• Romeo and Juliet (revival, 1956-57), with scenic and costume design by Loudon Sainthill
  • Ziegfeld Follies of 1957, with scenic and costume design by Raoul Pene Du Bois, and with actors Beatrice LillieBilly De Wolfe, and Harold Lang
  • Saratoga (1959-60), with scenic and costume design by Cecil Beaton (Best Costume Design Tony Award)
  • Eddie Fisher at the Winter Garden (1962), with scenic design by Oliver Smith, and costume design by Ray Aghayan
  • Pajama Tops (1963), with scenic and lighting design by Leo B. Meyer
  • Jimmy (1969-70), with scenic design by Oliver Smith, and costume design by W. Robert LaVine (Best Costume Design Tony Award)
  • Liza (1974), with music and lyrics by John Kander and Fred Ebb
  • Ulysses in Nighttime (1974), with actor David Ogden Stiers
  • Gypsy (revival, 1974-75), written and directed by Arthur Laurents, with lyrics by Stephen Sondheim, and costume design by Raoul Pene Du Bois
  • Pacific Overtures (1976), by John Weidman and Hugh Wheeler, with music and lyrics by Stephen Sondheim, and costume design by Florence Klotz (Best Costume Design Tony Award)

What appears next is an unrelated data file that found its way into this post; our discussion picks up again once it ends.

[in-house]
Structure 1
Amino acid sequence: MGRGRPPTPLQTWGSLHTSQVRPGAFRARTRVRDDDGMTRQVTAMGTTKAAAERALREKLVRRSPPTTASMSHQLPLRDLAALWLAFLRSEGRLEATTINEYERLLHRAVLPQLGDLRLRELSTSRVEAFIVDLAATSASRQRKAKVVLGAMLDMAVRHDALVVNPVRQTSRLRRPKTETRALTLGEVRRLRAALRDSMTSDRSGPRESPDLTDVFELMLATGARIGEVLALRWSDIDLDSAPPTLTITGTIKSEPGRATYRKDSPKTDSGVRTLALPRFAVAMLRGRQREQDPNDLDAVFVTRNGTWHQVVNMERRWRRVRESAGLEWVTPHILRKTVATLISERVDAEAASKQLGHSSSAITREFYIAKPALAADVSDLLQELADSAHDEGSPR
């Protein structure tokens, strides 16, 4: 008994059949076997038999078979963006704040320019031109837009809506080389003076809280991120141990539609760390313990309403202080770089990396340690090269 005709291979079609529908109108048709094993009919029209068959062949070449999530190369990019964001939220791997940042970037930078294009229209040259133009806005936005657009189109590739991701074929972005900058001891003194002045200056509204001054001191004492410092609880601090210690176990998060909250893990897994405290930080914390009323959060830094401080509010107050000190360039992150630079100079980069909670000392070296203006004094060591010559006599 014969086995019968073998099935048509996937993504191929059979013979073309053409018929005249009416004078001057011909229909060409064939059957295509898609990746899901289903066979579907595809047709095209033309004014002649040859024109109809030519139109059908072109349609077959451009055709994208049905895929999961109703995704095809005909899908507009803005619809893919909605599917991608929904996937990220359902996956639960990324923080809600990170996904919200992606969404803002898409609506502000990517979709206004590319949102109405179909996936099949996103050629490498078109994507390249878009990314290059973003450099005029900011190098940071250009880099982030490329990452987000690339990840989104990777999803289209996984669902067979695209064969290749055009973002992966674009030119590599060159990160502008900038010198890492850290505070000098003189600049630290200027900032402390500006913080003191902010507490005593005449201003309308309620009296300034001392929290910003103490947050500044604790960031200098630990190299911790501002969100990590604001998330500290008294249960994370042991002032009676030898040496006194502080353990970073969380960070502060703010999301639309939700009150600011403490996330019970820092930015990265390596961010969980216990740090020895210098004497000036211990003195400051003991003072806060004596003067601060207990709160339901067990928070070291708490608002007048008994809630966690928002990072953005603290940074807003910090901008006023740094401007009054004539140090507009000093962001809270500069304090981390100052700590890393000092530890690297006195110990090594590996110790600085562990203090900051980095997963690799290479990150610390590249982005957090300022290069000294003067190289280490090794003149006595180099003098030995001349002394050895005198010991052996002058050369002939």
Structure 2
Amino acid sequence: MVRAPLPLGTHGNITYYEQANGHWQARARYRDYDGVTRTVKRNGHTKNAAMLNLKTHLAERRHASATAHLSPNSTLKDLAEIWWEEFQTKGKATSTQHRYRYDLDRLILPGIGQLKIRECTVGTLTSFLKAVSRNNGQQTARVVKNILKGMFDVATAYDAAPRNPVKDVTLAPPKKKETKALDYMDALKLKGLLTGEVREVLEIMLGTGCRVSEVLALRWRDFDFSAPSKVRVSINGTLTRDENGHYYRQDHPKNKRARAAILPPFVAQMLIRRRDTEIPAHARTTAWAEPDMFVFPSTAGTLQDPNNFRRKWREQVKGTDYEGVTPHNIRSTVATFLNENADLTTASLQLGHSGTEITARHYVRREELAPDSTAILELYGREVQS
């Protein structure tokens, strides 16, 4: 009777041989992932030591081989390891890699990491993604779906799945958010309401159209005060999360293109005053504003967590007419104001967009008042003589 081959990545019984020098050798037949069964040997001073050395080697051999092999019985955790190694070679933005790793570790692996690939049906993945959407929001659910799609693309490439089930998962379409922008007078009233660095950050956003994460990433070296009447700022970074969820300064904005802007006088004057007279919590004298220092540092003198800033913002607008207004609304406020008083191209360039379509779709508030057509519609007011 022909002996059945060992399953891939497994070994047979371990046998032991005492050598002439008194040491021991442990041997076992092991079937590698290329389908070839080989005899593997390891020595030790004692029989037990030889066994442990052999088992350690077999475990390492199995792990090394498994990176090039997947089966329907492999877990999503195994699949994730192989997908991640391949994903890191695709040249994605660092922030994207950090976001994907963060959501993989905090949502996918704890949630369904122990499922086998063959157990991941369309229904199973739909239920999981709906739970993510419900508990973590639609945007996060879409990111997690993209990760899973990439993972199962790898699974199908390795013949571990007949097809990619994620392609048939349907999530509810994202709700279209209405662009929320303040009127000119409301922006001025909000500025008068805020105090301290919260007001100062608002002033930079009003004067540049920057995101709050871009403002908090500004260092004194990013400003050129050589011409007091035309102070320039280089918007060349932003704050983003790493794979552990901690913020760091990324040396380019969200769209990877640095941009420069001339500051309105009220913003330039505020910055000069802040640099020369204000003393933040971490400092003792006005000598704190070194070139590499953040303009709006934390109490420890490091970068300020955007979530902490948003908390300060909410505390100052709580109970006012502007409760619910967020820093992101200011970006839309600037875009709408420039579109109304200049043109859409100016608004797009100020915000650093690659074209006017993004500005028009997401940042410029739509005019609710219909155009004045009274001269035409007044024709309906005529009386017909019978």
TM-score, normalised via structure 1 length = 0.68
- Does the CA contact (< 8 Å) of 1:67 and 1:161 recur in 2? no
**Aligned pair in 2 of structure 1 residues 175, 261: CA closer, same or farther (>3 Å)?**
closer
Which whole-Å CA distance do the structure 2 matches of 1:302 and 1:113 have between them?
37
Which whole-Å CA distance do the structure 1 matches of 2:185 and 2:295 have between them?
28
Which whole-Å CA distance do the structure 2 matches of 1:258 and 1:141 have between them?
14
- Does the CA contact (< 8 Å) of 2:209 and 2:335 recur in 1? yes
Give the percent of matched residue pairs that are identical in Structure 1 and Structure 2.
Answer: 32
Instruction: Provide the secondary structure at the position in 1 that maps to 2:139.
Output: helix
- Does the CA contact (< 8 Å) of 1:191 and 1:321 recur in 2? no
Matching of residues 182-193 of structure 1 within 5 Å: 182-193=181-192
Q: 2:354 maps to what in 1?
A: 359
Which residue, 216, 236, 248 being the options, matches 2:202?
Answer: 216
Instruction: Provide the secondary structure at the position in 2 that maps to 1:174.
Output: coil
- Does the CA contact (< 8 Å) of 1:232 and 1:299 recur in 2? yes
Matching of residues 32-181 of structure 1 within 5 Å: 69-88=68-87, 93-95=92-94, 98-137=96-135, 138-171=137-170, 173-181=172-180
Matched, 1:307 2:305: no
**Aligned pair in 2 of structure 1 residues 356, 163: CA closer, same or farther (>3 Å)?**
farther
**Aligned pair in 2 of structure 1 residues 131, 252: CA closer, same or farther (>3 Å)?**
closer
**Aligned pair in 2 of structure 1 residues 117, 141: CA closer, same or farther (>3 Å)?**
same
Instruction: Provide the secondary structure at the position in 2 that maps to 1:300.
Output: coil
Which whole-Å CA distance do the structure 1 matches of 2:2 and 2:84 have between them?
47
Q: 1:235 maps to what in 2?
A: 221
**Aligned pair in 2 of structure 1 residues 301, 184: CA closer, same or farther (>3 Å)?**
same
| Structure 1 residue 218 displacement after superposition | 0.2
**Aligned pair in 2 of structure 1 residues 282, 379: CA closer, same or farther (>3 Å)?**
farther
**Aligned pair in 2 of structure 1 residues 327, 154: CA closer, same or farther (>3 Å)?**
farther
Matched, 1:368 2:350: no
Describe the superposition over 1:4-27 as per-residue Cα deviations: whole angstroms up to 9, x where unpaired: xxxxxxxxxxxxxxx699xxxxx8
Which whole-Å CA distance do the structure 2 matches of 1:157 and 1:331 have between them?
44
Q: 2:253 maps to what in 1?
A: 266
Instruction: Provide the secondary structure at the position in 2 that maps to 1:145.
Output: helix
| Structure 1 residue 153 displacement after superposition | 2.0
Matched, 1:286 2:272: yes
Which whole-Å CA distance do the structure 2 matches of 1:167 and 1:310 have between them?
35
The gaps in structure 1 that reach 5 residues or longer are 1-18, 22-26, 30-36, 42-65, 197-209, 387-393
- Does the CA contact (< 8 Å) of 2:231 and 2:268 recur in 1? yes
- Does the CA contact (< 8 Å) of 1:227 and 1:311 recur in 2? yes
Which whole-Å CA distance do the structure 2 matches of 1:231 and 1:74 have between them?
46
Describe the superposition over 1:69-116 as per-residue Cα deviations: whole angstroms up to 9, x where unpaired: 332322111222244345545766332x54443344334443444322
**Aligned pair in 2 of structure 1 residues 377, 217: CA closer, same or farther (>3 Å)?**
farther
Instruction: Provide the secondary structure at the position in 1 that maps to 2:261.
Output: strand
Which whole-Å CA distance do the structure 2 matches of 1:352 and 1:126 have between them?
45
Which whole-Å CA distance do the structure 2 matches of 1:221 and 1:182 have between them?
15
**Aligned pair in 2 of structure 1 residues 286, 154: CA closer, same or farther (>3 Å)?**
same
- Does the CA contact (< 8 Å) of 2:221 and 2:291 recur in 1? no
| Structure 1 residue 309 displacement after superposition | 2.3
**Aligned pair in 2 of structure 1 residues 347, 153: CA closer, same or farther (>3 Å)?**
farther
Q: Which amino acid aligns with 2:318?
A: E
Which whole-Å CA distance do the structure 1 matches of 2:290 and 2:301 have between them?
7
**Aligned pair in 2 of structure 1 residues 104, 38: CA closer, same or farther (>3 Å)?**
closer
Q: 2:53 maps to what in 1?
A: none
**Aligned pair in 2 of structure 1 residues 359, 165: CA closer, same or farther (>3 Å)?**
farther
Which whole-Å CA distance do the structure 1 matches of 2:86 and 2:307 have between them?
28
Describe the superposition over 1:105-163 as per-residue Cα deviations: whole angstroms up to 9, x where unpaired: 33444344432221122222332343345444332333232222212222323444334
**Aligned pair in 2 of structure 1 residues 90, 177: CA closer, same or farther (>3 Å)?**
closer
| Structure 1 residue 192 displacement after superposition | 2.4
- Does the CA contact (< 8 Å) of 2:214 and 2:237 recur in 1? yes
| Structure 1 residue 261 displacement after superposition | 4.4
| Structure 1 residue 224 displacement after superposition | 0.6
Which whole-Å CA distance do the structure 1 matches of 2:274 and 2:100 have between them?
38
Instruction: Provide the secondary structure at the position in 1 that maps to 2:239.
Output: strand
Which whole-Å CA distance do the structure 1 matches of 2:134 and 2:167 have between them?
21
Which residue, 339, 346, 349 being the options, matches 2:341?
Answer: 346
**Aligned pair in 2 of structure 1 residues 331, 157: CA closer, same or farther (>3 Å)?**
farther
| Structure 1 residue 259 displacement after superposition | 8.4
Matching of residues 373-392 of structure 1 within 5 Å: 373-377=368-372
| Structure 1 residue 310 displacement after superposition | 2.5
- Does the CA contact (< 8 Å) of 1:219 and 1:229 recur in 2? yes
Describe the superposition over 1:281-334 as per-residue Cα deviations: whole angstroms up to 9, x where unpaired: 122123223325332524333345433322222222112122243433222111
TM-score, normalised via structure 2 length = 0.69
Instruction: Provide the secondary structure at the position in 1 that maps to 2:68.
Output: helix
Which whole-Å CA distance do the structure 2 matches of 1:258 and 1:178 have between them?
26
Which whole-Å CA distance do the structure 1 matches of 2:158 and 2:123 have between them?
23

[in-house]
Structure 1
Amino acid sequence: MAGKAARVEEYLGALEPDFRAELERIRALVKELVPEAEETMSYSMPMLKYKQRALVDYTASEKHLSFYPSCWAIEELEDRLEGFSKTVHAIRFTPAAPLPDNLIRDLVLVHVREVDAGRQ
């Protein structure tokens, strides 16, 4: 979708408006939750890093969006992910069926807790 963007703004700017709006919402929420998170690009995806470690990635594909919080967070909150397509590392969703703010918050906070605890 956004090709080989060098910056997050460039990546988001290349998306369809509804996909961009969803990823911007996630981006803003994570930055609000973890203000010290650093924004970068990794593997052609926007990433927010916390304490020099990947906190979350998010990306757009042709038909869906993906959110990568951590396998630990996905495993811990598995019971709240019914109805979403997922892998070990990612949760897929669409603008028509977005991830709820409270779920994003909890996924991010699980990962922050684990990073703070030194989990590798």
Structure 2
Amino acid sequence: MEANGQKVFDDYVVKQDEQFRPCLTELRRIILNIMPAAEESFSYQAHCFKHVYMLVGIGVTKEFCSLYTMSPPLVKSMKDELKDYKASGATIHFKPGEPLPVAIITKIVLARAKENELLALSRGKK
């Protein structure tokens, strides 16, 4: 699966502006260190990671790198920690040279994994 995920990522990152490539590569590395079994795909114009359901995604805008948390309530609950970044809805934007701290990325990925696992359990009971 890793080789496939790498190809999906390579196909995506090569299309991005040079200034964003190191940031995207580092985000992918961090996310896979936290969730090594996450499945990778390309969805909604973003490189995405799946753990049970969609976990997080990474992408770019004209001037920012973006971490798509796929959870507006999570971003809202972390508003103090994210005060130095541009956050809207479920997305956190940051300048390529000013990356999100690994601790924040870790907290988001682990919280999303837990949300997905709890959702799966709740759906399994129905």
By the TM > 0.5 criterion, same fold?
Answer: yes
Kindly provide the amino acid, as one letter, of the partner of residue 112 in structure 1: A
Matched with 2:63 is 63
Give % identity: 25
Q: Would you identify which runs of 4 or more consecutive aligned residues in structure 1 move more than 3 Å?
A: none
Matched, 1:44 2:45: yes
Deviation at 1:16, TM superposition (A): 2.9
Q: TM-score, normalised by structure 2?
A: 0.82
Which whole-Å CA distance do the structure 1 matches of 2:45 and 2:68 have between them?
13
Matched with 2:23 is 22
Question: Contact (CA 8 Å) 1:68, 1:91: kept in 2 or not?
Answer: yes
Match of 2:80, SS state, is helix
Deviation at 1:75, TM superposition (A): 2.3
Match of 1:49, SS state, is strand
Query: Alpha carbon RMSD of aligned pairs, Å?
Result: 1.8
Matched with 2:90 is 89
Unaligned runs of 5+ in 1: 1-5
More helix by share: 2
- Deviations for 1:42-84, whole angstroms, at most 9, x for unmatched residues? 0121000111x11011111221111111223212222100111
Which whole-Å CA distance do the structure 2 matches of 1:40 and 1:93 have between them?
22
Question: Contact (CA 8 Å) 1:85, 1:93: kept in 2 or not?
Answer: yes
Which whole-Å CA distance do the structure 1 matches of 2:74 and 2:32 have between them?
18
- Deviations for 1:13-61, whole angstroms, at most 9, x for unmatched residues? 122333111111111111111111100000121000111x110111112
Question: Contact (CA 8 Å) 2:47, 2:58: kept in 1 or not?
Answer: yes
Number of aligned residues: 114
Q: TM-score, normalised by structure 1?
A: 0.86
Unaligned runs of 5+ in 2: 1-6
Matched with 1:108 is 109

• Fiddler on the Roof (revival, 1976-77), directed and choreographed by Jerome Robbins
  • Camelot (revival, 1981-82), with scenic and costume design by Desmond Heeley

 

The Plantation Club
In 1922, Lew Leslie, one of the first Broadway impresarios to feature Black performers, opened the Plantation Club, a large-scale nightclub over the Winter Garden Theater. The midnight shows were intended for a fashionable white clientele embracing the “Negro vogue” at the time. It was decorated in faux Southern style with explicitly racist connotations, but this club gave major early career boosts to Florence Mills, Ethel Waters, and, especially, Josephine Baker, who was offered a job in Paris.

Entry by Jay Shockley and Andrew S. Dolkart, project directors (March 2017; rev. August 2019).

NOTE: Names above in bold indicate LGBT people.